Monday's attack at Ohio State University has renewed calls to allow students to carry concealed handguns on public college campuses.The gun ban crowd promptly responded with a commonly heard refrain that adding armed civilians to the mix would make it hard to determine who the good guys were and that the scene would be chaos. Never mind there is no evidence that has been the case in the past.
Current law prohibits such weapons on campuses, but the state Senate is expected this week to consider a bill in lame-duck session to allow schools to decide for themselves whether to allow those with concealed-carry permits to carry on campus.
Even on campuses where the bans would remain in place, a violation would be reduced to a minor misdemeanor, eliminating the risk of jail time if the offender proves within 10 days that he has a legal permit to carry.
"Fortunately, an OSU police officer was close by and able to shoot and kill the suspect to stop the attack," said Jim Irvine, president of the Buckeye Firearms Association. "But even so, those being attacked were unable to defend themselves effectively because Ohio law forbids carrying a concealed handgun on school campuses, even if school authorities may be willing to allow it."
The Ohio State University campus newspaper notes there is a bill winding it's way through the state legislature that would allow an "opt-in" provision for campuses that want to allow campus carry:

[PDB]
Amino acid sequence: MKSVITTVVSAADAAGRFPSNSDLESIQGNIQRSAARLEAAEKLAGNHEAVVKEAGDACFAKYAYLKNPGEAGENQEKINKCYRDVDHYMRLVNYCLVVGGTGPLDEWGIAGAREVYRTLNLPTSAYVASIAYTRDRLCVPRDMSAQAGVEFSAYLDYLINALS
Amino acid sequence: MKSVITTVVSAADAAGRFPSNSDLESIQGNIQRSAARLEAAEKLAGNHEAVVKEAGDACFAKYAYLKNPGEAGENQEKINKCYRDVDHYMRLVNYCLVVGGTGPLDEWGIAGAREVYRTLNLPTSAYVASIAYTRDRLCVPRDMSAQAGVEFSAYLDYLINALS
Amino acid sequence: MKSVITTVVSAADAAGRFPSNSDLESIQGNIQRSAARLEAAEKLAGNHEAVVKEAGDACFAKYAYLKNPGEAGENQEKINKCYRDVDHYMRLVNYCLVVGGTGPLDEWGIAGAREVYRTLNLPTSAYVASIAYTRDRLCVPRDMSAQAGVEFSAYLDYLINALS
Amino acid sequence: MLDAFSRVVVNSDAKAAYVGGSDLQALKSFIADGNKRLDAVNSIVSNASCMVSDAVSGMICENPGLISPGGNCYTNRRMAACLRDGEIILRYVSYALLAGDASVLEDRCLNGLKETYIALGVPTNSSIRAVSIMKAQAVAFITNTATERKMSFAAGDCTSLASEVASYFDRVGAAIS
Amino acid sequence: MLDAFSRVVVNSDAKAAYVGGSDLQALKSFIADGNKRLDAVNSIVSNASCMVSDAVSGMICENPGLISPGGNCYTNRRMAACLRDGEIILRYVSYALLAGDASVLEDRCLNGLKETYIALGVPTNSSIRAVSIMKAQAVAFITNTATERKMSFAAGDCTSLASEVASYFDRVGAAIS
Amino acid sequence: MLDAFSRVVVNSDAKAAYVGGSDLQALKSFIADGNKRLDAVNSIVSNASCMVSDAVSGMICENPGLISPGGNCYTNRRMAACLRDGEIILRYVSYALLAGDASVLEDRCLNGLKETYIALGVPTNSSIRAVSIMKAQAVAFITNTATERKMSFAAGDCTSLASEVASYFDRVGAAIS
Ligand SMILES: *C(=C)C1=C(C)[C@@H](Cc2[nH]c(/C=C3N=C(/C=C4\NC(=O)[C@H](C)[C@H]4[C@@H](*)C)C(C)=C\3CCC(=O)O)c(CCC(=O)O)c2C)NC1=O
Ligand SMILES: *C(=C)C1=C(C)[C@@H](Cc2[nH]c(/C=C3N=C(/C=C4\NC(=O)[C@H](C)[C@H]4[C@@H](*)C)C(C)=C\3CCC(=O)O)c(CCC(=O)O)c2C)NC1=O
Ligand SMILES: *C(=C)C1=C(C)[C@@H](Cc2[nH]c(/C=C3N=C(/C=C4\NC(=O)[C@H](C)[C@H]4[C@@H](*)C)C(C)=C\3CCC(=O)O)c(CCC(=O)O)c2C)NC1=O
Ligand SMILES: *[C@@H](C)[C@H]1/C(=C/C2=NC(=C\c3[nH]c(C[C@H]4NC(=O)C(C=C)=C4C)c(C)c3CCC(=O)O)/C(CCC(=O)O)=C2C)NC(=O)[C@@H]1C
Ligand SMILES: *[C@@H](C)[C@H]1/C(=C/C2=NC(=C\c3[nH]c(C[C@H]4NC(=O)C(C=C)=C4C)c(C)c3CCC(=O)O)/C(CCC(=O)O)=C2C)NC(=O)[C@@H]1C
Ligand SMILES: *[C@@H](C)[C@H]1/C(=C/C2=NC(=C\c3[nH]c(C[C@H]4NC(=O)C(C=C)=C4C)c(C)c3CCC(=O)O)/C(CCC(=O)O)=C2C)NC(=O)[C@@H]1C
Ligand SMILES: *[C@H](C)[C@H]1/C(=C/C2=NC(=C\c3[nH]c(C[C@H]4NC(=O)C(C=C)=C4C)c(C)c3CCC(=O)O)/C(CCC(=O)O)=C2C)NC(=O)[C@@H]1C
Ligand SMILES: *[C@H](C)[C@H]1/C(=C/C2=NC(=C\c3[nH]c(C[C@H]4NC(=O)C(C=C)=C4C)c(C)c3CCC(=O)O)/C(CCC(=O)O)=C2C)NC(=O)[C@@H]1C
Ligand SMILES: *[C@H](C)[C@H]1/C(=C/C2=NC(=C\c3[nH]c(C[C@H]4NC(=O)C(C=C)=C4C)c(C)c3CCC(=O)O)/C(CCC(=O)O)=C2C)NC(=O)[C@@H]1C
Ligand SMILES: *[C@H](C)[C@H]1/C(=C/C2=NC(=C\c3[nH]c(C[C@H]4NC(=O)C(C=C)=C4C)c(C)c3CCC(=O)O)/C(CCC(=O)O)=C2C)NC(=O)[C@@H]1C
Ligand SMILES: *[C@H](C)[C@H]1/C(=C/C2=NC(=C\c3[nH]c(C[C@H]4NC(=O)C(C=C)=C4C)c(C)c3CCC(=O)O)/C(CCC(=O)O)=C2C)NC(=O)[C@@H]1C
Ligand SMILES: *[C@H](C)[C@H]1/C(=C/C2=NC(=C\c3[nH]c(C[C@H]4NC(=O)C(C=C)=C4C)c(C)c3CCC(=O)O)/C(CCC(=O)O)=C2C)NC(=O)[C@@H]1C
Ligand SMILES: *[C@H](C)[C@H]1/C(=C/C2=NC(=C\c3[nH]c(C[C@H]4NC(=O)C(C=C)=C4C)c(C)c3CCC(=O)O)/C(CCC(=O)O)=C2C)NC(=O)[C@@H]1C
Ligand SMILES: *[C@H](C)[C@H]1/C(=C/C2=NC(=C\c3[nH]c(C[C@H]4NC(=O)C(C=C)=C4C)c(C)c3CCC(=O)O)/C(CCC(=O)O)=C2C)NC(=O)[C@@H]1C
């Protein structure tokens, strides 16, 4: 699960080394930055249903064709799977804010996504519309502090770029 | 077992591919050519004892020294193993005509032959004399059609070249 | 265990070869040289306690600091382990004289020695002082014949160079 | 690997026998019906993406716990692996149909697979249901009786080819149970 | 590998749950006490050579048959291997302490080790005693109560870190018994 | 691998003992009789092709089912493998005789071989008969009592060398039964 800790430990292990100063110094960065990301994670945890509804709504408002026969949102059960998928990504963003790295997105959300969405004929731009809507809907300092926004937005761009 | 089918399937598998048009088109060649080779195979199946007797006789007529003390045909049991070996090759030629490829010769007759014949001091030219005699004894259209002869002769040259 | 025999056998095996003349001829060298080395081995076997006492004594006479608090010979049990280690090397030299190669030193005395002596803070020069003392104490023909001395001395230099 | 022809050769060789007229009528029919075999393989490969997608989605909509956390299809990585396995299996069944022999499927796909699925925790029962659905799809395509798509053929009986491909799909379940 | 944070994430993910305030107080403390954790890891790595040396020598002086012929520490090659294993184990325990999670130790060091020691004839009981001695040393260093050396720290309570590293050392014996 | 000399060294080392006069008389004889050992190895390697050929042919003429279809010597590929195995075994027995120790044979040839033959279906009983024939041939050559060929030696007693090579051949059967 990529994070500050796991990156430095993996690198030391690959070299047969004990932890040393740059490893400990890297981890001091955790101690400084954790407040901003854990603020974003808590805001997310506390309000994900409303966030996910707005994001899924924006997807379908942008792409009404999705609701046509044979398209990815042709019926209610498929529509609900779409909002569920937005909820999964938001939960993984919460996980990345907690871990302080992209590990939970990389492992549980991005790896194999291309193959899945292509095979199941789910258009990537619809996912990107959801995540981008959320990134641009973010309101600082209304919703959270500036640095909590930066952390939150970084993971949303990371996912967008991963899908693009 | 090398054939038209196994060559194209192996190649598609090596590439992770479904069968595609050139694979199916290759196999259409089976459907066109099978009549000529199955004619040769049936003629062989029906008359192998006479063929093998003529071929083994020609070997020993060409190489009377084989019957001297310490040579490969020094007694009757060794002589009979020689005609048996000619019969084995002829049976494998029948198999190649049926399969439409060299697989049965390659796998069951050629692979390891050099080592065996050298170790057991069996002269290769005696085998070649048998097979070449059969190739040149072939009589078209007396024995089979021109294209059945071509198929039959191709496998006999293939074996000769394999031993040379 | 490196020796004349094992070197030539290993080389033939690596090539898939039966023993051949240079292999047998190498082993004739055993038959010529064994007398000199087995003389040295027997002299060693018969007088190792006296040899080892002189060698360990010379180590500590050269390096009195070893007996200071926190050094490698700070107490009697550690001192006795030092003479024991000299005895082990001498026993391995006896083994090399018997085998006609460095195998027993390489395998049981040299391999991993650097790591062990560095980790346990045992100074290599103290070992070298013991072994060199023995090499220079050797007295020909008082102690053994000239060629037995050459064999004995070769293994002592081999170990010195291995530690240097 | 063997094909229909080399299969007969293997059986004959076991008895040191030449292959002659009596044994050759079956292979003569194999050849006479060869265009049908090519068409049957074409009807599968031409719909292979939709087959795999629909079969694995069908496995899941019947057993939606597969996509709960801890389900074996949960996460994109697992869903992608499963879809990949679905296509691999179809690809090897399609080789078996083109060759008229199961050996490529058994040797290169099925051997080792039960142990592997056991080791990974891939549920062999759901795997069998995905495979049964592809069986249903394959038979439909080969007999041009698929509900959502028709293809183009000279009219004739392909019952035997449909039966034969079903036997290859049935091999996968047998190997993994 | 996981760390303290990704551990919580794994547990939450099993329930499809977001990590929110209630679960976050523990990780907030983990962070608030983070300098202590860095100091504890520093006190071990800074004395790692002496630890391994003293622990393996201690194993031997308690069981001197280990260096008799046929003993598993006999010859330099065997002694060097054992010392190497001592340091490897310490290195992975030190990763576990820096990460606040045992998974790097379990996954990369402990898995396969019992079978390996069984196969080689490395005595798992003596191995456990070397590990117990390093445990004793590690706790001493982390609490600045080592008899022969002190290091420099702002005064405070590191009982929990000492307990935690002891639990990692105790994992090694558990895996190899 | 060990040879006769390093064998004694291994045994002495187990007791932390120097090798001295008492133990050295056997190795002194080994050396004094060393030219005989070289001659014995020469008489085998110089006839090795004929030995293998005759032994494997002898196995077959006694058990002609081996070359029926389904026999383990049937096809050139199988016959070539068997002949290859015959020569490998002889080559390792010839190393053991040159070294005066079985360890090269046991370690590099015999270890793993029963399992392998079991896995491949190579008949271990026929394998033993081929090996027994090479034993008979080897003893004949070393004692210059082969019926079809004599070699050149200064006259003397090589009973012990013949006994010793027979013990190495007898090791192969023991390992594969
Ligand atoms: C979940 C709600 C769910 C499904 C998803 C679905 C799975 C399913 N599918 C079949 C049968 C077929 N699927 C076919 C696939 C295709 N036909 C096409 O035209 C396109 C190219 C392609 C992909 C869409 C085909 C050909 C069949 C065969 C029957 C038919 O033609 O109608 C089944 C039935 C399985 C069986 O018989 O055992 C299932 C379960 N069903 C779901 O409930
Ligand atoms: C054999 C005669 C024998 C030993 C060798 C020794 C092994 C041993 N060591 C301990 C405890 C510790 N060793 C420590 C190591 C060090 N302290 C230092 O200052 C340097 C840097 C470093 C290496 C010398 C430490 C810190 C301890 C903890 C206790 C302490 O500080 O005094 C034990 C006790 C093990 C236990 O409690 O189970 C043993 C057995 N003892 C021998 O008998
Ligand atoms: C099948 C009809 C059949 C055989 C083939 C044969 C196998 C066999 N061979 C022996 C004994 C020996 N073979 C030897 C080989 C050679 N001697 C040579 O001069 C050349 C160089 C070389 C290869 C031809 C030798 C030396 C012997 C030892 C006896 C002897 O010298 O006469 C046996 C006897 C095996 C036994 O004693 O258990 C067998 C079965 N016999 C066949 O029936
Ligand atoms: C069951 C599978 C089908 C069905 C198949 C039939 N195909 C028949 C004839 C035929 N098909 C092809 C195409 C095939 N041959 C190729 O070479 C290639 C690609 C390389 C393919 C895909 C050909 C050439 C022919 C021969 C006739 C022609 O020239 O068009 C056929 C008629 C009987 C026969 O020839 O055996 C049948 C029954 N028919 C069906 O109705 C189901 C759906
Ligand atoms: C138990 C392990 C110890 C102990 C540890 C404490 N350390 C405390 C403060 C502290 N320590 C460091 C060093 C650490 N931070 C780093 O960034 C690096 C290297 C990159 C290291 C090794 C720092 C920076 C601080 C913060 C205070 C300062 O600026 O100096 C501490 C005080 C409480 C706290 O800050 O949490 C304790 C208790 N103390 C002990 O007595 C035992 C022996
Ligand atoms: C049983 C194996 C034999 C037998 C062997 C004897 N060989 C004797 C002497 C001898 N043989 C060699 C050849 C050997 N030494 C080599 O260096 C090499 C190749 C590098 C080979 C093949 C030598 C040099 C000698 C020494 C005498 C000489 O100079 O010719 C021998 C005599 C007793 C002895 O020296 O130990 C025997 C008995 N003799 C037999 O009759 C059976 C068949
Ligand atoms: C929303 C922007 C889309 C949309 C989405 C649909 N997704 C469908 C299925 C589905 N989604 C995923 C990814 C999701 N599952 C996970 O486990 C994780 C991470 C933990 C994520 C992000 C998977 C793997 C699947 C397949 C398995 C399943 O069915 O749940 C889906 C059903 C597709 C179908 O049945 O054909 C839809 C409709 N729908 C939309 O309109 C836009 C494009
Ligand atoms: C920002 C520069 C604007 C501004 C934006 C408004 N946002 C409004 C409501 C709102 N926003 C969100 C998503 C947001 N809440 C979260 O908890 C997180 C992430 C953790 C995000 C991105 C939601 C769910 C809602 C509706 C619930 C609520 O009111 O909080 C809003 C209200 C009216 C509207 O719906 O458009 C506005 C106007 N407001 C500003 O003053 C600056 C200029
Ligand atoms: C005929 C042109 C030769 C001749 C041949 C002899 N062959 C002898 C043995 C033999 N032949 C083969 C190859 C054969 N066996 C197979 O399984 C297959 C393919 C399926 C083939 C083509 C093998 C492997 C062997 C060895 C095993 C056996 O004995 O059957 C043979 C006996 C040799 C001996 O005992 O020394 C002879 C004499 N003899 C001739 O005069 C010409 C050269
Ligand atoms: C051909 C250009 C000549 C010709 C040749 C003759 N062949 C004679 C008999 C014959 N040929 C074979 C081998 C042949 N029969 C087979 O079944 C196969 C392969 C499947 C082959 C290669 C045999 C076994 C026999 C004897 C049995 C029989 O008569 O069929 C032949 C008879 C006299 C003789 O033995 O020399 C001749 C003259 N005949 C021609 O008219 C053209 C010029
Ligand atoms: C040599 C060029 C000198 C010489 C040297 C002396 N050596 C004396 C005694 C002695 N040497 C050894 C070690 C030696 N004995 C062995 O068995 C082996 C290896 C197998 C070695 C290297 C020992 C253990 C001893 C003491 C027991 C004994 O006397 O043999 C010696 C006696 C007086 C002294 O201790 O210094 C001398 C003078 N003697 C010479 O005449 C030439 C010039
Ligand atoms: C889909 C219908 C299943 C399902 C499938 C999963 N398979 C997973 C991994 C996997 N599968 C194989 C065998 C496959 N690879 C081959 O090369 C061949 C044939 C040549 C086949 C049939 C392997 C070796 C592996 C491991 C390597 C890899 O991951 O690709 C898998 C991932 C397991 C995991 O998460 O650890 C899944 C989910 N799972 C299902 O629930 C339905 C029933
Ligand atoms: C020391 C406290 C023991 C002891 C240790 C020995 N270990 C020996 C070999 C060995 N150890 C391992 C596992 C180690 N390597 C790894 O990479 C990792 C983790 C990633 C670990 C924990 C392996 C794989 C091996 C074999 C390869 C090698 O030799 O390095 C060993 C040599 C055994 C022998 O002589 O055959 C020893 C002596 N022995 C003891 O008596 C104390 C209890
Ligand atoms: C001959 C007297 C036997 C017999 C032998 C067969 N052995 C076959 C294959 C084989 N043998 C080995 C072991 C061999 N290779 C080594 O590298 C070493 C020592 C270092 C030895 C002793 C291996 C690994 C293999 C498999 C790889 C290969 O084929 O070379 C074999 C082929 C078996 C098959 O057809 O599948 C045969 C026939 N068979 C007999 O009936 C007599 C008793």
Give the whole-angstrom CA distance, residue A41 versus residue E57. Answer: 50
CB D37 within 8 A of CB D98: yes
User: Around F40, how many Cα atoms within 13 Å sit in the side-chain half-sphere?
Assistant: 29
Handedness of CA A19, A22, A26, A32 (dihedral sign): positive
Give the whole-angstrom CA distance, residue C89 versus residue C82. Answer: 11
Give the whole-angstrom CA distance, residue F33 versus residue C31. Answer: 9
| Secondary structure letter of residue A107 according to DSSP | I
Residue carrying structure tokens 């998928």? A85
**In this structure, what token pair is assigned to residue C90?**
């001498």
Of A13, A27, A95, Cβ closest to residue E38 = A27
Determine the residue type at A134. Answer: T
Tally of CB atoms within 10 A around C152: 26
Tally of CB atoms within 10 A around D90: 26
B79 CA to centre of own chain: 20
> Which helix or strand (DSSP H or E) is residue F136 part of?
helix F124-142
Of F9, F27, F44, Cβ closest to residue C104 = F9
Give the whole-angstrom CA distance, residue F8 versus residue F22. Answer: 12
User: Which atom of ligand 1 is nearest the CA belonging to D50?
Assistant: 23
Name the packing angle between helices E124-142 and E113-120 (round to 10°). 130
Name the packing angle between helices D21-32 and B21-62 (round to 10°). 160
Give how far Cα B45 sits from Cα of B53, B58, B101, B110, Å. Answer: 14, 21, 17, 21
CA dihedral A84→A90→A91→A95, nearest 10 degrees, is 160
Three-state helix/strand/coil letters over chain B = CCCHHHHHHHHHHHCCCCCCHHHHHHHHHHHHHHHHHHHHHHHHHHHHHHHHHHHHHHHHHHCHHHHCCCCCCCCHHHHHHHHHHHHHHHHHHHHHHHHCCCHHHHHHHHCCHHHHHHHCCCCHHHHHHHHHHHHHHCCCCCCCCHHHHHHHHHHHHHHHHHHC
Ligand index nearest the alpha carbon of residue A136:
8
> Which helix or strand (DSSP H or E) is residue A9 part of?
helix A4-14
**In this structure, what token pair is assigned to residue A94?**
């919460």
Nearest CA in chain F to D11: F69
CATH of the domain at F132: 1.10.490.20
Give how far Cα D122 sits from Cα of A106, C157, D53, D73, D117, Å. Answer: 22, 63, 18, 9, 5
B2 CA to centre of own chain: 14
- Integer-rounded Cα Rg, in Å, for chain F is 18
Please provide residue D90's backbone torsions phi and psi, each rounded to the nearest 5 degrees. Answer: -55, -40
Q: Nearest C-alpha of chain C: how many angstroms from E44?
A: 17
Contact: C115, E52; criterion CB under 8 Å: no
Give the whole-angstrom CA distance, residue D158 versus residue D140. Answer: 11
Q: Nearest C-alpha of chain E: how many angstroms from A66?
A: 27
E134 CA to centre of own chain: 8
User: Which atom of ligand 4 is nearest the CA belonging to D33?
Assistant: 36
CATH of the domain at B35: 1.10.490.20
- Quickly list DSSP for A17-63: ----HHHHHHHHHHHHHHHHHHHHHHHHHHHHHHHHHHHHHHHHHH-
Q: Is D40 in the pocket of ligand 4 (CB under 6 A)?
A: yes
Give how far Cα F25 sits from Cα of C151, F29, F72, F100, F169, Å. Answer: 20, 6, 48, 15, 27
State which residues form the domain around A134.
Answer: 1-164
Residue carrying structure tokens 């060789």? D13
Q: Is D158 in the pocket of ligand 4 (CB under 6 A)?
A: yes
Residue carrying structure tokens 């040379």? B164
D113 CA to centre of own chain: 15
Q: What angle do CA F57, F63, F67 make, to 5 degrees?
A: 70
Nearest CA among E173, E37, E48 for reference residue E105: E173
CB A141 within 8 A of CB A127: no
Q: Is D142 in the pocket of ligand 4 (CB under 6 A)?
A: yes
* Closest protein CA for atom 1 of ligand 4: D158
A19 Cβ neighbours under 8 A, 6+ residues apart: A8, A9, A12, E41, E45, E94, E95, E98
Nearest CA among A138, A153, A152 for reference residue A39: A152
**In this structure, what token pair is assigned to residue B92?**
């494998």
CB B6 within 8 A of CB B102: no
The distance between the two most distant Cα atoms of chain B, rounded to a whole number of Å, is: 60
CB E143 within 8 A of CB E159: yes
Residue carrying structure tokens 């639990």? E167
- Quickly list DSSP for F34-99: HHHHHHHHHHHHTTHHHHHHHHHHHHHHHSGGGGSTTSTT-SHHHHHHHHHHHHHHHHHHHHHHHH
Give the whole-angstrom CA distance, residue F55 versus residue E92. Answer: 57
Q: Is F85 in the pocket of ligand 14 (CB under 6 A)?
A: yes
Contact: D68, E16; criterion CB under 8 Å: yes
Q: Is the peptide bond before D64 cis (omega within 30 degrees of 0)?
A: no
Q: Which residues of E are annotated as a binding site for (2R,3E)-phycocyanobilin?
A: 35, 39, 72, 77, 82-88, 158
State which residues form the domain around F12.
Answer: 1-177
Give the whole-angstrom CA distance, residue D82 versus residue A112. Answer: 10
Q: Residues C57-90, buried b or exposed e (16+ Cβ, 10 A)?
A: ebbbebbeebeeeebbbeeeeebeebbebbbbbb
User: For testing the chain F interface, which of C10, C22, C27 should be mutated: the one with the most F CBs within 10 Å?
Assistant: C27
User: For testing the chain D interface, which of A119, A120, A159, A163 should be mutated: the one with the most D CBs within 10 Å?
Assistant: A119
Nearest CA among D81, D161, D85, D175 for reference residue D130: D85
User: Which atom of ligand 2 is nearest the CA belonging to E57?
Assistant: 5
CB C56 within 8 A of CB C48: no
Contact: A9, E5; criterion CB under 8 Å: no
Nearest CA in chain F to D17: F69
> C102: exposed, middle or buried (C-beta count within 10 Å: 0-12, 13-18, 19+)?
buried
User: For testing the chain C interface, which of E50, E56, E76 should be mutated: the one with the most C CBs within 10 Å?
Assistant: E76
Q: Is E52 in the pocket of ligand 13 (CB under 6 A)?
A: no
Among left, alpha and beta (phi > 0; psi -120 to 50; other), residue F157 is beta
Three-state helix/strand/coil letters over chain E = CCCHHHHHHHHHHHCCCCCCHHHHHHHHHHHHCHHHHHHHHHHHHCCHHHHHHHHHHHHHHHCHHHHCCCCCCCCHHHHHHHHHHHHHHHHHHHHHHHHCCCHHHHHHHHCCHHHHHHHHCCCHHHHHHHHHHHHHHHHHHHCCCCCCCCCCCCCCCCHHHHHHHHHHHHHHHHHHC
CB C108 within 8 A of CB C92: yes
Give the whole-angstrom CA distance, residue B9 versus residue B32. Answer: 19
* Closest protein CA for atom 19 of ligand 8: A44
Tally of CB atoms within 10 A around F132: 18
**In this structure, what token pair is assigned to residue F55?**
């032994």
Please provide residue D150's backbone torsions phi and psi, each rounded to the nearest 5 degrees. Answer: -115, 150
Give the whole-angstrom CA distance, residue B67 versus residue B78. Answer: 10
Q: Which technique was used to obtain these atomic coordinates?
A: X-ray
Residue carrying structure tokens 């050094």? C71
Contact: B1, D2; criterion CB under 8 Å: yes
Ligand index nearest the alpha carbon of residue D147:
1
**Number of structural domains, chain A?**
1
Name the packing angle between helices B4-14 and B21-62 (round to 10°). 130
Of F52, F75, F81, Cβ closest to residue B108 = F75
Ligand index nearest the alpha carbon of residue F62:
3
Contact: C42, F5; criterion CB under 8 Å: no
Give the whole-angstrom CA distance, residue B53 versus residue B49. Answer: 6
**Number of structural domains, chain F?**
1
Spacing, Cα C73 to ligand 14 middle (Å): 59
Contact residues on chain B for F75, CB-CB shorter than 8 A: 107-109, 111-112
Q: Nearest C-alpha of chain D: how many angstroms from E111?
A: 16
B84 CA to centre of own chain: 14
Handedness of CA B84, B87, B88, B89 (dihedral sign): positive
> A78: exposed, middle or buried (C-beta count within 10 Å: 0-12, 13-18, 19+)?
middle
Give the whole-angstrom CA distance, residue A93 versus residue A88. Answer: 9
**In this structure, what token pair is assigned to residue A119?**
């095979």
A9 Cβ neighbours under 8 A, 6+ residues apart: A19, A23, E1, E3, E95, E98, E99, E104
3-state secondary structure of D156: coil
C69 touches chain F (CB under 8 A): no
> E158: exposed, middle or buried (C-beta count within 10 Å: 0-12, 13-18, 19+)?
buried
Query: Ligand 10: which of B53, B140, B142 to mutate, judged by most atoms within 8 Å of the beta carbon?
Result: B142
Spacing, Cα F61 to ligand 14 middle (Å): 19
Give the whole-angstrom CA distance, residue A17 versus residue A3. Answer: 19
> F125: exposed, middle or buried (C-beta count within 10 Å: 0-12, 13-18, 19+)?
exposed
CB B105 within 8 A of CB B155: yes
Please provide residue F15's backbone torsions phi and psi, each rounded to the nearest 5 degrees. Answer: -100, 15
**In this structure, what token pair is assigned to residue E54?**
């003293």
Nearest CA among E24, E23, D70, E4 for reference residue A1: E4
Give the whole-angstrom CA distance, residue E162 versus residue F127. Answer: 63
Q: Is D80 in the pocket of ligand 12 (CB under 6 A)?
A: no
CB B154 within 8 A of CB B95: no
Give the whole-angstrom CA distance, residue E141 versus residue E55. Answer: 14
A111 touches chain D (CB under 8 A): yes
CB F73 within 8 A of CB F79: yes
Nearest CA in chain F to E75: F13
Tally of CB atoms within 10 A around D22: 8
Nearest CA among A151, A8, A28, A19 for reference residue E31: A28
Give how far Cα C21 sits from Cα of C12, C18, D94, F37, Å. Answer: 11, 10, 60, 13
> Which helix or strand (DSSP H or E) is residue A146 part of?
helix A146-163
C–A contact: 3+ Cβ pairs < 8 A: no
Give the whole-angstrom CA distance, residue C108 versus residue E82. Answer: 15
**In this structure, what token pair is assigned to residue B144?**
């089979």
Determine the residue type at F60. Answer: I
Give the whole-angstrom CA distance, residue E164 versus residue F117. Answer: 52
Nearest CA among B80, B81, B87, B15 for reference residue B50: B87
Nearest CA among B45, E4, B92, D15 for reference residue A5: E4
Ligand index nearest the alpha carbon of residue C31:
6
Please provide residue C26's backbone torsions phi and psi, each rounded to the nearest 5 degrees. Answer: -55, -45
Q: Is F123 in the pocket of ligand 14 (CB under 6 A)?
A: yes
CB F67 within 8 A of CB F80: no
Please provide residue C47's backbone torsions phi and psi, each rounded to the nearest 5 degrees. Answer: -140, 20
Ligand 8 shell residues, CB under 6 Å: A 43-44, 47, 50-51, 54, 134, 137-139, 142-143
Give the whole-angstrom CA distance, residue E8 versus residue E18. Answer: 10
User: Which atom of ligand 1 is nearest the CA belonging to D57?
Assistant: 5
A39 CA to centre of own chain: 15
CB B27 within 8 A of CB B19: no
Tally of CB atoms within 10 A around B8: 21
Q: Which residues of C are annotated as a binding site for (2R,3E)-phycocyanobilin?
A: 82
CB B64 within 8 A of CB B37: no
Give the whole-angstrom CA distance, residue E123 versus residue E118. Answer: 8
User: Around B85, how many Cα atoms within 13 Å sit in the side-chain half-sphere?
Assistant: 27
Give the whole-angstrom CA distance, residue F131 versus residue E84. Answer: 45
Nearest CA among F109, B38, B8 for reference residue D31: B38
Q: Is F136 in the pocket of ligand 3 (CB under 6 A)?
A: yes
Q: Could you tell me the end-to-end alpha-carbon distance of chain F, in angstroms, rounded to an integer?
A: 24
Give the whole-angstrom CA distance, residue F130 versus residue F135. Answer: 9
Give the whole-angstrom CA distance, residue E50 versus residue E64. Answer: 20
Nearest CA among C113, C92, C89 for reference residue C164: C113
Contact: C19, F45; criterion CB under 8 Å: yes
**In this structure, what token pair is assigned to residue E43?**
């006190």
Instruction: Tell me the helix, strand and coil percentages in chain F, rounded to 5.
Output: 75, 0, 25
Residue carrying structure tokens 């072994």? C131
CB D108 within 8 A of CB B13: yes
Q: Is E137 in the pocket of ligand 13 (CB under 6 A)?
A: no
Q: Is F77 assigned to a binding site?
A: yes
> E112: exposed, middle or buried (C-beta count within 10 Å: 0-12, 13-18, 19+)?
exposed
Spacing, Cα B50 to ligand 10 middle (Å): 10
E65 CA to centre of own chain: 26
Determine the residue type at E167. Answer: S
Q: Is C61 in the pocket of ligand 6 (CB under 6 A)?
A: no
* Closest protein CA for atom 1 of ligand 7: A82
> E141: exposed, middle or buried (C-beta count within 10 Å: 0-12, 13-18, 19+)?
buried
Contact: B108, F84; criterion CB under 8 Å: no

House Bill 48, as it is referred to, passed in the Ohio House of Representatives a year ago, but is now working its way through Ohio’s Senate. The bill would allow concealed carry-permit holders to carry guns inside day care facilities and within certain areas of police stations and airports.The OSU President is not in favor of the idea.
The legislation includes an “opt-in clause” for public universities, allowing institutions to independently decide whether students can carry or not. For universities that decide not to opt-in, House Bill 48 would reduce the charges of licensees carrying on campus from a felony to a misdemeanor.
Campus Carry will again be on the agenda in several states in 2017 and will likely pass in some. Virginia has yet to seriously consider bills introduced on the subject and with Governor Terry McAuliffe in office, is not expected to give any attention to the bills this year either.